President Barack Obama, left, and GOP candidate Mitt Romney.
Bleachers were going up and political signs were piling up.
Around the SeaGate Convention Centre in downtown Toledo on Tuesday, workers and campaign staffers were getting ready for today's appearance by GOP presidential hopeful Mitt Romney. Adam Dagen, an employee of Superior, Wis.-based Sound Central, was steam-pressing a 6-foot by 8-foot Ohio flag brought in for Mr. Romney's appearance in the Buckeye State.
“This is a great opportunity for both campaigns. Ohio is a hot-bed state,” said Steve Miller, general manager of the SeaGate Centre. “We're really excited.”
Just down I-75 to the south, preparations also were under way for a campaign appearance by President Obama today at Bowling Green State University's Stroh Center.
BGSU Spokesman Dave Kielmeyer said President Obama’s visit marks the first time a sitting president has been on campus in exactly 28 years. Ronald Reagan was at the BGSU campus on Sept. 26, 1984. Gerald Ford was on campus in 1976.
The only other Democratic presidential candidate to visit BGSU was John F. Kennedy in 1959, he said.
“It’s exciting for our students,” Mr. Kielmeyer said. “No matter what your politics are, it is an opportunity to see a sitting President and it’s an opportunity to hear directly from a presidential candidate. If the Romney campaign wants to come to campus in the next few weeks, we’ll certainly make the same arrangements for them.”
Obama for America paid BGSU $11,875 to rent the Stroh Center, a bill that included $2,400 for BGSU police to help with crowd control and $600 for emergency medical technicians/paramedics to be at the event. Mr. Kielmeyer said university policy requires payment for such rentals in advance, and the Obama campaign paid the bill on Monday.
The Romney campaign paid $13,800 to rent the SeaGate Centre, said Carol DuPuis, SeaGate's marketing director.
Despite the excitement of having the president on campus, BGSU faculty and staff members received a message Tuesday from Provost Rodney Rogers and Rebecca Ferguson, chief human resources officer, reminding them that it wasn’t a free day.
“It is important for us to know that the President’s visit is a political one,” the message read. “University academic and personnel policies remain in effect and so faculty should conduct their courses as scheduled. Classes should not be canceled unless doing so has a purpose related to the course subject matter.”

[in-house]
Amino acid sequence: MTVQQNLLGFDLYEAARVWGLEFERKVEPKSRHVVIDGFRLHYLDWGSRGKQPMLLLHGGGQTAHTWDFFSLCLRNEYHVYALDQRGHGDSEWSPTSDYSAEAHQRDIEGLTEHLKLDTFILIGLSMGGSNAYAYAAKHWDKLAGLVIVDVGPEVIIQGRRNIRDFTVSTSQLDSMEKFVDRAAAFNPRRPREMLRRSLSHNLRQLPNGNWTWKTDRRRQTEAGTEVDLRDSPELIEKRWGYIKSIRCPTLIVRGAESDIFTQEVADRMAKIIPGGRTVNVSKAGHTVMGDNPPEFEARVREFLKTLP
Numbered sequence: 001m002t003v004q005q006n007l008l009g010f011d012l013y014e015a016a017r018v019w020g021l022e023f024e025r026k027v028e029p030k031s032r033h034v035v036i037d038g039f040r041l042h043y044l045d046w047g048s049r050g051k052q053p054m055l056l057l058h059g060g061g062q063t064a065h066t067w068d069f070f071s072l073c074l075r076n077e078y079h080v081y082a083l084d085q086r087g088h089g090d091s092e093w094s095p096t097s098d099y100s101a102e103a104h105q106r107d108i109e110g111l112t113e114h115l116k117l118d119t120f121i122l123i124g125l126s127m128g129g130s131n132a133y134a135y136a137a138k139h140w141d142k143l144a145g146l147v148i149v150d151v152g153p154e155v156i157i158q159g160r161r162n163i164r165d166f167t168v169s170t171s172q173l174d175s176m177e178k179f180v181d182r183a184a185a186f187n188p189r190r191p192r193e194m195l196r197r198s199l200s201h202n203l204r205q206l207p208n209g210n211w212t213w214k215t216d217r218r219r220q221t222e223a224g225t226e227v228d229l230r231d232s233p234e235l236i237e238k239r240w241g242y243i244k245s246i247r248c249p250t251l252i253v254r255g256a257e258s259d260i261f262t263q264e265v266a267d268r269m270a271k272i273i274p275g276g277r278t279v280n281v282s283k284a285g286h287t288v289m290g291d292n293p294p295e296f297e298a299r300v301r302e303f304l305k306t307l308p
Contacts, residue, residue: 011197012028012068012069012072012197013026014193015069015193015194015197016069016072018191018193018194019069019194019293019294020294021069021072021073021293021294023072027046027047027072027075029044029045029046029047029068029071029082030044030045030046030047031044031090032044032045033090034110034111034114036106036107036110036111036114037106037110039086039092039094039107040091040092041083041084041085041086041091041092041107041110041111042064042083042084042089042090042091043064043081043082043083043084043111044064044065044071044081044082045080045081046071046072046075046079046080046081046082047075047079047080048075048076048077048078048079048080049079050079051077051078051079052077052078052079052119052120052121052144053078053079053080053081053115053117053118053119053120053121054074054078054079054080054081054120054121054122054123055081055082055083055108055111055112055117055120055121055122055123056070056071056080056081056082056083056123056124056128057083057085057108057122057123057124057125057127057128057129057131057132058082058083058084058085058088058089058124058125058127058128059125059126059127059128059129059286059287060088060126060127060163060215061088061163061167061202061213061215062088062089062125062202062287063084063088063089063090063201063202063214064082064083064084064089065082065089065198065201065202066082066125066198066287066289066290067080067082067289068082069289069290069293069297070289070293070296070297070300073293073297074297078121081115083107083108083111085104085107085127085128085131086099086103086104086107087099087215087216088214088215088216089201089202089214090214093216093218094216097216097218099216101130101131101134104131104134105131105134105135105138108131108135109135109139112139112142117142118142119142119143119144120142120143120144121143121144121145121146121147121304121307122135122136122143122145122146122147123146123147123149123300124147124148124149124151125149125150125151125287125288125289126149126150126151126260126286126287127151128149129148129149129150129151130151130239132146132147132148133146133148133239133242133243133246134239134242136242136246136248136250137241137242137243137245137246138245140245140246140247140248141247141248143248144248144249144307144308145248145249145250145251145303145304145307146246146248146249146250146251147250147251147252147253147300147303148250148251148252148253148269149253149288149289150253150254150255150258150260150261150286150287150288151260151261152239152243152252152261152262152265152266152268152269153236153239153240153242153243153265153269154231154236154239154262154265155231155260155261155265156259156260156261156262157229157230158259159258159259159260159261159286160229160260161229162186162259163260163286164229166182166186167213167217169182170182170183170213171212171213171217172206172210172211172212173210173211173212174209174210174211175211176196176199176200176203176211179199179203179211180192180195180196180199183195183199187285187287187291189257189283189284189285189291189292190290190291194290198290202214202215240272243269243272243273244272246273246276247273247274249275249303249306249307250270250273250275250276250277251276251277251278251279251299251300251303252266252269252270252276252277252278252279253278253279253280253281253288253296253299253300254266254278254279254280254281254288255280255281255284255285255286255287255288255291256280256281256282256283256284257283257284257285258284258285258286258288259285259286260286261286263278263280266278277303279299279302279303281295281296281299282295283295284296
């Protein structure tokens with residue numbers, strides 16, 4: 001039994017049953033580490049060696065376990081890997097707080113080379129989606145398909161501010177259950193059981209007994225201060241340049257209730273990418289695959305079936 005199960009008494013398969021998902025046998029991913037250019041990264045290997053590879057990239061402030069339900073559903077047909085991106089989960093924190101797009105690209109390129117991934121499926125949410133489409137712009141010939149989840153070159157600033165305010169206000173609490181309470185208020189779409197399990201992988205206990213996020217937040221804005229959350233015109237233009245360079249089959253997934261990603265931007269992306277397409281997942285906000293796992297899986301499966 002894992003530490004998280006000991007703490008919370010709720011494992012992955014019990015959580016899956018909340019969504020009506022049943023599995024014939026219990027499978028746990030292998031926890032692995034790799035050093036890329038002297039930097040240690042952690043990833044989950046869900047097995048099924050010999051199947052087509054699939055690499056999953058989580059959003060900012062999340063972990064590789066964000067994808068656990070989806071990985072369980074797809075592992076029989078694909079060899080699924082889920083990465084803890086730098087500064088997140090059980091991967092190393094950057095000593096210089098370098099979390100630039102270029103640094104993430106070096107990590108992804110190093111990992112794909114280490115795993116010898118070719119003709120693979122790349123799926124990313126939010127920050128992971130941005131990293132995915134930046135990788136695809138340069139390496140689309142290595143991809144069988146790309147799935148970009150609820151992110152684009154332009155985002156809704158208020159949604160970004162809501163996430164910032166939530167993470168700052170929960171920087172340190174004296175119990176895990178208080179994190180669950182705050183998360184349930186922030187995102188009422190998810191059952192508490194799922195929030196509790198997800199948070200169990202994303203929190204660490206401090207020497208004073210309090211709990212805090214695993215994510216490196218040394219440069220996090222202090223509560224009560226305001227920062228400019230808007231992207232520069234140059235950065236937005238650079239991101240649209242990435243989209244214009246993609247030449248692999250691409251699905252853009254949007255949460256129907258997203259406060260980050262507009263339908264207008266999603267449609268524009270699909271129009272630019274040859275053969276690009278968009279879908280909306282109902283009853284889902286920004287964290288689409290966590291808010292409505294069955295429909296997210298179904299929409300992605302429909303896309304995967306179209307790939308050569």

Faculty and staff were advised that if they wished to attend the event, they had to do so on their own time and account for any time away from work.
Mr. Kielmeyer said BGSU President Mary Ellen Mazey and several of the university's trustees planned to attend today's event.
Tickets for the Obama speech are no longer available. A limited number are still available for Mr. Romney's appearance. They can be obtained at Lucas County Republican Headquarters, 10 S. Superior St., or by calling 419-482-0506 or firstname.lastname@example.org.
The dueling appearances show the importance of northwest Ohio and the tightness of the presidential contest despite polls showing President Obama with a slight edge in Ohio, said Lucas County GOP Chairman Jon Stainbook.
“It's obvious it's a dead heat [in Ohio],” he said. “It's a tie. It's up for grabs.”
That’s not the case, according to the latest polls in battleground states. The Washington Post poll on Tuesday had Mr. Obama ahead in Ohio 52 percent to 44 percent among likely voters. The Blade/Ohio News Organization’s recent poll had Mr. Obama ahead by 51 percent to 46 percent.
Jim Ruvolo of Ottawa Hills, a political consultant who is a former Ohio Democratic Party chairman, said he doesn't know if Mr. Obama scheduled his Bowling Green appearance after Mr. Romney announced his visit for Toledo, but, “it wouldn't be a bad strategy.”
He said the President is counting on a strong turnout in northern Ohio, while southern Ohio is traditionally more in the Republican column, so when a Republican comes to northern Ohio, with stops planned in Cleveland and Toledo, the President has to “make sure that folks who are undecided hear both messages on the same day.”
He said Mr. Romney's trip today to the Columbus area is necessary to try to shore up Franklin County that has grown more reliably Democratic.
He said he couldn't recall the last time two presidential candidates were in northwest Ohio on the same day.
Ohio Republican Chairman Robert Bennett also didn't recall candidates being in the same area of the state on the same day, but said Republican President George W. Bush and Democratic challenger John Kerry were in Ohio on the same day in 2004.
He said Mr. Romney and Mr. Obama “are both trying to pin down their base,” and said he believes Mr. Obama scheduled his Bowling Green trip to undercut whatever impact Mr. Romney has here.
“It's a get-out-the-vote election. Notwithstanding these polls, which I don't understand, it's a tight race,” Mr. Bennett said.
“There are certain number of people that have ignored everything and won't focus for a couple of weeks. The undecideds are waiting for the debates,” he said.
Staff writers Tom Troy and Kate Giammarise contributed to this report.
Contact Jennifer Feehan at: email@example.com or 419-724-6059.